Kitchen

Kitchen Clothing Is both Practical and Traditional

The chef’s uniform is a unique kitchen uniform, which is used not only to distinguish the executive chefs from the other kitchen workers but also for safety reasons as well. Therefore, the chef’s uniform is both traditional and practical. Legend has it that Napoleon introduced the idea of the chef’s uniform because he wanted the culinary masters who worked for him to resemble soldiers.

Kitchen Clothing

Commemorative Apparel

However, the wearing of the uniform is more often attributed to the famous French chef Antonin Carême, who is the “Father of Haute Cuisine.” Before the 1600s, French cooking was not as elaborate nor were the uniforms as “snazzy” as they are today. However, the traditional hat and jacket have remained as commemorative clothing in the culinary art of cooking.

Kitchen  Clothing

Added Assurance

The chef’s white jacket is considered completely practical, although, today, it is featured in various colours. However, white is still worn the most often. Although white is known to show stains easier, it can also be bleached white again. The chef white hire apparel that is often used in the kitchens of fine restaurants is one of the top choices in five-star establishments. Dark colours often still show stains, with the stains more difficult to remove. Therefore, the bright white chef’s coat provides the added reassurance to restaurant patrons that both the chef and his kitchen are clean.

Another reason why white is often worn is because it won’t absorb heat but, instead, reflects the heat in the kitchen, thereby protecting the kitchen staff from the stove’s flames and cooking pans. There is always a flare-up every now and then as well. Therefore, chefs and cooks appreciate the traditional white garb made of a heavy cotton material.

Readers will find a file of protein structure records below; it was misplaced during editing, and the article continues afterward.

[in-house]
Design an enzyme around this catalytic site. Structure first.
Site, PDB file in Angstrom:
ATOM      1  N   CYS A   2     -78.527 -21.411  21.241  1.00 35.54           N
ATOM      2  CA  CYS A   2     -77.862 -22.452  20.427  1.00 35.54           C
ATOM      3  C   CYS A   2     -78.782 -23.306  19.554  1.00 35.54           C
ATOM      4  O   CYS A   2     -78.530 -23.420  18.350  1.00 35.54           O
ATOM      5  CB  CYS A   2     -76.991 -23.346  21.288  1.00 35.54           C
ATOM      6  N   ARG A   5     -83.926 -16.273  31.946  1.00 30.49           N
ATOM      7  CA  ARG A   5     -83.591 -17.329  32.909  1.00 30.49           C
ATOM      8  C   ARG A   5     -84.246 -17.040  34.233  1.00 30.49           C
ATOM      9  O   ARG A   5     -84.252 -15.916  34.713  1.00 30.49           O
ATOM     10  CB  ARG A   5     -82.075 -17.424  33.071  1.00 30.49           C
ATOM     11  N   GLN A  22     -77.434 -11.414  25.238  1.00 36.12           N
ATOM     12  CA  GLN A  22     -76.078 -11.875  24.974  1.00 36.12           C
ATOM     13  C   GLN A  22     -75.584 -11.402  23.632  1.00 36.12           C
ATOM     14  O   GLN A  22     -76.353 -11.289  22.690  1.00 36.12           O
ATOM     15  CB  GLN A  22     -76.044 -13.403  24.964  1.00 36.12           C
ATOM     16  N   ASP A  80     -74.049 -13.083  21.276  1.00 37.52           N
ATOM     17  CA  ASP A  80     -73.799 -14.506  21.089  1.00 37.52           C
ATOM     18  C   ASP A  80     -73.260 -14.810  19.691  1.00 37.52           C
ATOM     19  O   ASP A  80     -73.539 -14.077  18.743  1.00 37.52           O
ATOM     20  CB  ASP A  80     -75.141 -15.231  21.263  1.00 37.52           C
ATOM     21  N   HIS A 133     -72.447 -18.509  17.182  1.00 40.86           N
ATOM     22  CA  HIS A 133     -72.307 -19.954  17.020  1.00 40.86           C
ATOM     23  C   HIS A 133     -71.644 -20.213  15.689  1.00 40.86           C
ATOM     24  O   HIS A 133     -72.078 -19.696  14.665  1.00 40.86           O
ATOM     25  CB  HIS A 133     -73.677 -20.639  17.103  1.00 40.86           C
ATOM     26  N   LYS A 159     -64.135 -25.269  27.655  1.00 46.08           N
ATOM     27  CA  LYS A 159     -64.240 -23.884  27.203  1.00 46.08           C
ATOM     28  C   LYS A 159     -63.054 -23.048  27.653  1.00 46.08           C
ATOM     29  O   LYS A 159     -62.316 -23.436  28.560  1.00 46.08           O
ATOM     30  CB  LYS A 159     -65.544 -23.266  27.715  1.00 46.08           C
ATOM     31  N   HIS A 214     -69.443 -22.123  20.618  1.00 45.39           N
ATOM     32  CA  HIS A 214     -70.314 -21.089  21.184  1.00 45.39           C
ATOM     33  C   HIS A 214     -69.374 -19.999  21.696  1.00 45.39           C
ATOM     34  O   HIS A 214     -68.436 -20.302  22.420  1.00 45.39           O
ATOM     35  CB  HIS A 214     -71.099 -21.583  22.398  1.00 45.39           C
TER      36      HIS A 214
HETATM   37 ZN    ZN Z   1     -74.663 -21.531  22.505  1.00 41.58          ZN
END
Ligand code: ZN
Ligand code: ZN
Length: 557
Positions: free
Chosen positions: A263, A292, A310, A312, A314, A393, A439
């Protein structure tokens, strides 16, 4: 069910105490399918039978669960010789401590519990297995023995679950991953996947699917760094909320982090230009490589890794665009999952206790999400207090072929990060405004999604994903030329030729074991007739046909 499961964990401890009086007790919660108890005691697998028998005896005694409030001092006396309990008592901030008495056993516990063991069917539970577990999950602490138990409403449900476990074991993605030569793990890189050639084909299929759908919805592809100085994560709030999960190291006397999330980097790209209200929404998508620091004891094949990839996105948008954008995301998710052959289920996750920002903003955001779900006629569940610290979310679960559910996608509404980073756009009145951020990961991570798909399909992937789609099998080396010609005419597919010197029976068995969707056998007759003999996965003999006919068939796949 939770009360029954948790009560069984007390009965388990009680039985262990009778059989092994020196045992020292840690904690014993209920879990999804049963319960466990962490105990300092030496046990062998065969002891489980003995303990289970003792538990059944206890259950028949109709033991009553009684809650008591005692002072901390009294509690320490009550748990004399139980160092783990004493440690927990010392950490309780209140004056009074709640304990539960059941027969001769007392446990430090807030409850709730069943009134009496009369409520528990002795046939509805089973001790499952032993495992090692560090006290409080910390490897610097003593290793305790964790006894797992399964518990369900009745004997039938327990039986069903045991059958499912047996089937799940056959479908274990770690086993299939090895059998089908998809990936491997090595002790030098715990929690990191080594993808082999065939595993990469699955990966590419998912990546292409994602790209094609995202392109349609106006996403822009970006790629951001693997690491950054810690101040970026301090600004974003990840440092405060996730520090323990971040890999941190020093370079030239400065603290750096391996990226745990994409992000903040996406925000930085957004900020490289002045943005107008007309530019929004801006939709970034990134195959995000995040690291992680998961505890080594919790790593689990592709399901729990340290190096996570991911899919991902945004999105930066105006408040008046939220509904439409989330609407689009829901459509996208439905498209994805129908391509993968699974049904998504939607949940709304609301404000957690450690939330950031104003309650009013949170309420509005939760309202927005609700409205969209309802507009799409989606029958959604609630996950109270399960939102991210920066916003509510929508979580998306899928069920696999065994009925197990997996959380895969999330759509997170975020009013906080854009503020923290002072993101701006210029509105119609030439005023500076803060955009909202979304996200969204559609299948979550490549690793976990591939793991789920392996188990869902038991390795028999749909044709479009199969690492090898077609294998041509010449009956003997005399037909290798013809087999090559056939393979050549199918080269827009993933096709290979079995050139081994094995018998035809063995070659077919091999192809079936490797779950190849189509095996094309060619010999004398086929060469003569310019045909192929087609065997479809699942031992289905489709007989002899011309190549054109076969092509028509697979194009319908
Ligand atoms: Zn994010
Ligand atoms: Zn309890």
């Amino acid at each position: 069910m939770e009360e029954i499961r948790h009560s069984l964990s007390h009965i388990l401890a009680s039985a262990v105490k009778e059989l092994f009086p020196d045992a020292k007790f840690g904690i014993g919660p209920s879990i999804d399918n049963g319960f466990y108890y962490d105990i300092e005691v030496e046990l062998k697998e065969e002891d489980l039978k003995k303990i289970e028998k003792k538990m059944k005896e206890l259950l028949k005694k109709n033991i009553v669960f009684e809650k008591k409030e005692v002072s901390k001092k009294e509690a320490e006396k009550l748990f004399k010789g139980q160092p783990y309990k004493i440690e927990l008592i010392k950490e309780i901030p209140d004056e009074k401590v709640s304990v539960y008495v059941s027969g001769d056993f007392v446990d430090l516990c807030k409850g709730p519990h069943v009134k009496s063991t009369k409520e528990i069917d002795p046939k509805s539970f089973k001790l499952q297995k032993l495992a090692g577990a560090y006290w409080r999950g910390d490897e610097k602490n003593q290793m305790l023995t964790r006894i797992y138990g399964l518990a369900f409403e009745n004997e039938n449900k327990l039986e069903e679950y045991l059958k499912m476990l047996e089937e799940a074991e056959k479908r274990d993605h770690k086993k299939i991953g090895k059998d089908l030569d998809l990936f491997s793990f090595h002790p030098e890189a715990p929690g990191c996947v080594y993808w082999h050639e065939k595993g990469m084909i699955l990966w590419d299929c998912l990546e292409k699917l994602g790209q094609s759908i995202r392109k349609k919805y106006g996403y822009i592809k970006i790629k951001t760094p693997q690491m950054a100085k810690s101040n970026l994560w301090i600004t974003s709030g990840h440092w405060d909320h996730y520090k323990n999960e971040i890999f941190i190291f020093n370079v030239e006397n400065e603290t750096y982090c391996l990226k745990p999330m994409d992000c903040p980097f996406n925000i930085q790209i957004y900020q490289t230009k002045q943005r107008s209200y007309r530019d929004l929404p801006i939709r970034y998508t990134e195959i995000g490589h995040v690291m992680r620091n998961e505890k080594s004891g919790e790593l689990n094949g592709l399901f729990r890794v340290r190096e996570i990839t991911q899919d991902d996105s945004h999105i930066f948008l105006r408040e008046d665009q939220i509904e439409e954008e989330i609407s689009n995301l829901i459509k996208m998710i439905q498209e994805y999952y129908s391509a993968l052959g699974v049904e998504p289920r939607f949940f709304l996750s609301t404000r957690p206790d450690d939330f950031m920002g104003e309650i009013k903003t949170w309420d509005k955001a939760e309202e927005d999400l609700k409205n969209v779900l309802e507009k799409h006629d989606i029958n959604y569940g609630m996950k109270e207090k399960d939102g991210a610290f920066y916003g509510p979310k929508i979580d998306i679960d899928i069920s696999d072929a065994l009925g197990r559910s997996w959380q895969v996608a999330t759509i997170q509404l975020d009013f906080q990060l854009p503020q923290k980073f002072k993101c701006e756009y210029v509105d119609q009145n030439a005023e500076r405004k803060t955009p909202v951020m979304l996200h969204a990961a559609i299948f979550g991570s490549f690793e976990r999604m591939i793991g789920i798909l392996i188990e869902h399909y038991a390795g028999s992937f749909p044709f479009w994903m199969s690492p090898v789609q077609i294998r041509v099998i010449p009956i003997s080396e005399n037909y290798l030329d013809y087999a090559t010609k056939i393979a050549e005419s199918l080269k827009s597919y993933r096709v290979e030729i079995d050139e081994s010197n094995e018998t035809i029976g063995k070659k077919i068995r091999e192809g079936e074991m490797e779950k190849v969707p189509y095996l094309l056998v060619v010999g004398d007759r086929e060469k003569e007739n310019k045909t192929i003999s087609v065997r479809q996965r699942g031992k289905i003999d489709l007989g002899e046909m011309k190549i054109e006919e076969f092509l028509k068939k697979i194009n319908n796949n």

kitchens of fine restaurants

A Reversible Jacket

Naturally, the sleeves on a chef’s jacket are long in order to safeguard the arms from being burnt and from being scalded the hot oil that is used. The front is double-breasted, with rows of buttons displayed on either side. The multi-layered fabric of the chef’s jacket safeguards the wearer from the scorching relentless heat. The outside layer can also be reversed. Therefore, the chef can reverse the covering and button it on the opposite side.

One-of-a-kind Buttons

The buttons on the uniform are also unique as they are different from the buttons displayed on shirts. Instead of using metal or plastic, the buttons on a traditional chef’s uniform are made of knots of cloth. Using cloth buttons ensures that any plastic or metal pieces won’t end up in the entrees or other dishes. The cloth buttons also make the jacket simpler to remove in case of any contact with hot cooking oil or a fire ensues. Using the cloth buttons enables easier removal than when hard buttons are attached to the jacket and are used.

One-of-a-kind Buttons

Black and Loose Trousers

While chefs are in the habit today of wearing all sorts of colourful trousers, tradition dictates that the chef wears a plain black pair of trousers or one with black-and-white checked design. Chefs wear checked pants to hide any staining. Usually mixed synthetic or lightweight cotton fabrics are used for making the trousers along with a Teflon coating. The trousers are loose and lightweight to keep the chef cool and to permit easy movement.